Our analysts are constantly talking to their NFL and college sources about players in the college game. Lance Zierlein shares some of what NFL folks are discussing in draft rooms throughout the league.
The skinny: Johnson has been in the league for a while (11 seasons), so people sometimes forget just how similar Johnson's speed and athleticism are to Smith's -- at least before Smith suffered a knee injury. Both linebackers have tall, angular builds and have the speed to range from sideline to sideline to impact all elements of the game. Smith's injured knee could cause him to fall a little in the draft, but maybe not as far as some are projecting (see Todd Gurley).
* * *
The scoop: "He has all the pieces but he's never put the puzzle together. Coordinators and quarterback coaches always think they can fix those kinds of guys so they fight the hardest for them in the draft rooms I've been in." -- Former NFL GM on Michigan State QB Connor Cook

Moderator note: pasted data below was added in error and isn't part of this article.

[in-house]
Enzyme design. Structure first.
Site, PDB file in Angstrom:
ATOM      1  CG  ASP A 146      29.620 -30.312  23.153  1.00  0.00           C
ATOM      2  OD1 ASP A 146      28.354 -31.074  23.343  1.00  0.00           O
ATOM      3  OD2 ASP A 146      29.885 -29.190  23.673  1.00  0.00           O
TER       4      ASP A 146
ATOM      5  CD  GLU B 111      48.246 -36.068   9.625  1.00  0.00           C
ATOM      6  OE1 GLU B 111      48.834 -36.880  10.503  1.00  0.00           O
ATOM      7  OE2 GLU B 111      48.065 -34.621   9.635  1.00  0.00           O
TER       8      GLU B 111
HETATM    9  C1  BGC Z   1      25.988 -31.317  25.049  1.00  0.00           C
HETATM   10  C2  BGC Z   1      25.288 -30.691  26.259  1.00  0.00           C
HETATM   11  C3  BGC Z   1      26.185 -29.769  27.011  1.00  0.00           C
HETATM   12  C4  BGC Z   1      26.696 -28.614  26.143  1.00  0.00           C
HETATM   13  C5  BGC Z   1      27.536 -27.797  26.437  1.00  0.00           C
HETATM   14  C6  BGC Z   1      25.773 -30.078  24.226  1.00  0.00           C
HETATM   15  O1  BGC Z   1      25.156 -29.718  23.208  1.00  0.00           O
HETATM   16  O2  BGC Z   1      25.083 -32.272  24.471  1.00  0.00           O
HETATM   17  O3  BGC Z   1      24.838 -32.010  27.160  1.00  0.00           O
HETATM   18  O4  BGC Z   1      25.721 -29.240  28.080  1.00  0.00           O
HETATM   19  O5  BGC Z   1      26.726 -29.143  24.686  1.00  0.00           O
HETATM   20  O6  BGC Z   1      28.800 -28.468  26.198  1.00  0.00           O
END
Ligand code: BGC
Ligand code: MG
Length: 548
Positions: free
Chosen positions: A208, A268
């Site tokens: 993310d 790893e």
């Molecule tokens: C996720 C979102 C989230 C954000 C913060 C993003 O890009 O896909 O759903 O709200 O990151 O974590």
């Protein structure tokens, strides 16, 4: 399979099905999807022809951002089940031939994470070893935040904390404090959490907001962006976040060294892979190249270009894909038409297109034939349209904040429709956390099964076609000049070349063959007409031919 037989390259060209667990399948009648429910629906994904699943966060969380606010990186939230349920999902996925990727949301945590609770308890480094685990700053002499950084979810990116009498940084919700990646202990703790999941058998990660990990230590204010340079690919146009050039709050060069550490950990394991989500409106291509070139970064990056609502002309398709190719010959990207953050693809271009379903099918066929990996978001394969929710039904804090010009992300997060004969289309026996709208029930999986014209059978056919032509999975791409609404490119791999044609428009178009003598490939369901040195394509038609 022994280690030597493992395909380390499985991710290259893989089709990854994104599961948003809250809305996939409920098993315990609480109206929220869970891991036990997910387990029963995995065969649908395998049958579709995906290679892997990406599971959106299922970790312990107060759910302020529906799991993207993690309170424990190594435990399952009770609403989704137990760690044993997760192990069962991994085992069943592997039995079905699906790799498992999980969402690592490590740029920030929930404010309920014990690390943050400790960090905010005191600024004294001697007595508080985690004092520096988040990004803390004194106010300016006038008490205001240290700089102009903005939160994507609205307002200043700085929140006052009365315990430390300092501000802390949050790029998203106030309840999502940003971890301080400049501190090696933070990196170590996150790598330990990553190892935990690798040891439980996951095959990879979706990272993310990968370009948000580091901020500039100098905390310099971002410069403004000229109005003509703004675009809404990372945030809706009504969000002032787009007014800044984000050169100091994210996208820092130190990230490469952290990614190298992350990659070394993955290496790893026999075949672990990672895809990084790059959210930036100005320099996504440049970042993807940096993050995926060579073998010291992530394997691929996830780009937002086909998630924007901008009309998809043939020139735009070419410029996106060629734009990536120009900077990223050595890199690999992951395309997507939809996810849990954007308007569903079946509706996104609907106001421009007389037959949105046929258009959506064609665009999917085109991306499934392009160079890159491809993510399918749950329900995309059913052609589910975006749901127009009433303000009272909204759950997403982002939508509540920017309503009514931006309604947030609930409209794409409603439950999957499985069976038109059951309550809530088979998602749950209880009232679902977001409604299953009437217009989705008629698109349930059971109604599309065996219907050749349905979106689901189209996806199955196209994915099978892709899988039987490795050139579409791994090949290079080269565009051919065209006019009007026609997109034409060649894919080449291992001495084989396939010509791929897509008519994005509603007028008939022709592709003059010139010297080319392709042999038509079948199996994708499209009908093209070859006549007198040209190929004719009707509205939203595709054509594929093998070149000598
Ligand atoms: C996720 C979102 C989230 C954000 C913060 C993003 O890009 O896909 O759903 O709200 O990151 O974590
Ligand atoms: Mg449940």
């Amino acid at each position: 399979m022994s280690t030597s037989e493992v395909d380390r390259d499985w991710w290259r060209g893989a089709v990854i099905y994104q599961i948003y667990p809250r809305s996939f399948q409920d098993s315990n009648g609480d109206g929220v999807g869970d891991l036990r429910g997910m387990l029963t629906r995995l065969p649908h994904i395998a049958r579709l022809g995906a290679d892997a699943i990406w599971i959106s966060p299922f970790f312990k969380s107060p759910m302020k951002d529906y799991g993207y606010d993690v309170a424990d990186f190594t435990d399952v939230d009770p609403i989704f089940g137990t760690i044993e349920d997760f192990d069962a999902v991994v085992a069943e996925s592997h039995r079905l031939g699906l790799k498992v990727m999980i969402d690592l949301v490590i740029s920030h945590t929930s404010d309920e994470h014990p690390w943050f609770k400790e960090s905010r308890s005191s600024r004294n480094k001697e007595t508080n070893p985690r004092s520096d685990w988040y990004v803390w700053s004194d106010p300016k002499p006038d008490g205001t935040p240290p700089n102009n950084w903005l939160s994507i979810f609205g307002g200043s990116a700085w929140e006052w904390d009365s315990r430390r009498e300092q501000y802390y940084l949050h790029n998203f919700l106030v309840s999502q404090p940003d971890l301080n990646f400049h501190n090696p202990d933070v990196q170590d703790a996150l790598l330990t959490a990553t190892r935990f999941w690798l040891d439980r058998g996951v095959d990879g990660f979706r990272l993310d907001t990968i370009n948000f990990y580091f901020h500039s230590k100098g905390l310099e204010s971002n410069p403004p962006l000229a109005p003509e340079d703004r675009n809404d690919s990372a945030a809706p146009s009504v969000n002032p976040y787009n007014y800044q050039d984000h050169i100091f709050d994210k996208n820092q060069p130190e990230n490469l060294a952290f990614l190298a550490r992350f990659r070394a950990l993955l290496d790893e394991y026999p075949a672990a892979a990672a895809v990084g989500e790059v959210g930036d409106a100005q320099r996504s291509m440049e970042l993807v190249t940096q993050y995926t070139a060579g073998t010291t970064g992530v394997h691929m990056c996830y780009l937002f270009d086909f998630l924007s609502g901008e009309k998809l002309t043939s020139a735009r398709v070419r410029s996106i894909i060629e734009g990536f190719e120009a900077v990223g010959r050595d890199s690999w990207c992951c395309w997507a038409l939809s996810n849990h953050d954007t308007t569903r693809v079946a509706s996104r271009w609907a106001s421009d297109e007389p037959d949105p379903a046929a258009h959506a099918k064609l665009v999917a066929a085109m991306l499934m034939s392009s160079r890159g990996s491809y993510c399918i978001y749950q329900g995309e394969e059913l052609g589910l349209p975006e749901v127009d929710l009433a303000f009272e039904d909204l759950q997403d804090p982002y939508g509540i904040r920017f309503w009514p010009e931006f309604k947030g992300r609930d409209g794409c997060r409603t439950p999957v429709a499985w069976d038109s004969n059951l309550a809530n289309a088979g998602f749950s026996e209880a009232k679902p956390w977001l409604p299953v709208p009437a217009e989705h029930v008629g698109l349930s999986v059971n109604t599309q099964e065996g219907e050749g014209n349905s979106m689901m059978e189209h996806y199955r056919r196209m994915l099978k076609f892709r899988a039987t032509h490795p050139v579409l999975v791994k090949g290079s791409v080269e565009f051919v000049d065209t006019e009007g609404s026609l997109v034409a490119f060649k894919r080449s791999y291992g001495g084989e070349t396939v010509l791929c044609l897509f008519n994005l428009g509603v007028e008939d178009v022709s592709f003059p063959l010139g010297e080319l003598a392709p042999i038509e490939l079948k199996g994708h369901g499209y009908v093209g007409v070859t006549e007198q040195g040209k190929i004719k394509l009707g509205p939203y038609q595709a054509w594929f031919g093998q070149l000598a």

The skinny: I had the highest grade on Cook of any quarterback entering the season, but he's now fourth on my list after viewing his inconsistent tape from 2015. Cook has decent size, a good arm and enough mobility to escape pocket pressure, but his poise and accuracy were not overly encouraging. Some NFL personnel men have confided behind closed doors that they are less a fan of Cook as a "leader" than they are of him as a "QB". We'll see if the coaches have a different opinion.
* * *
The skinny: I took this scout's advice and made Thomas his NFL comparison even though they have different body types. Wright is a very average athlete for the position, but his instincts and efficient routes to the ball put him in position to make more tackles than your average linebacker. There is a long history of highly productive NFL linebackers who were either undersized or average athletes, so I would not bet against Wright.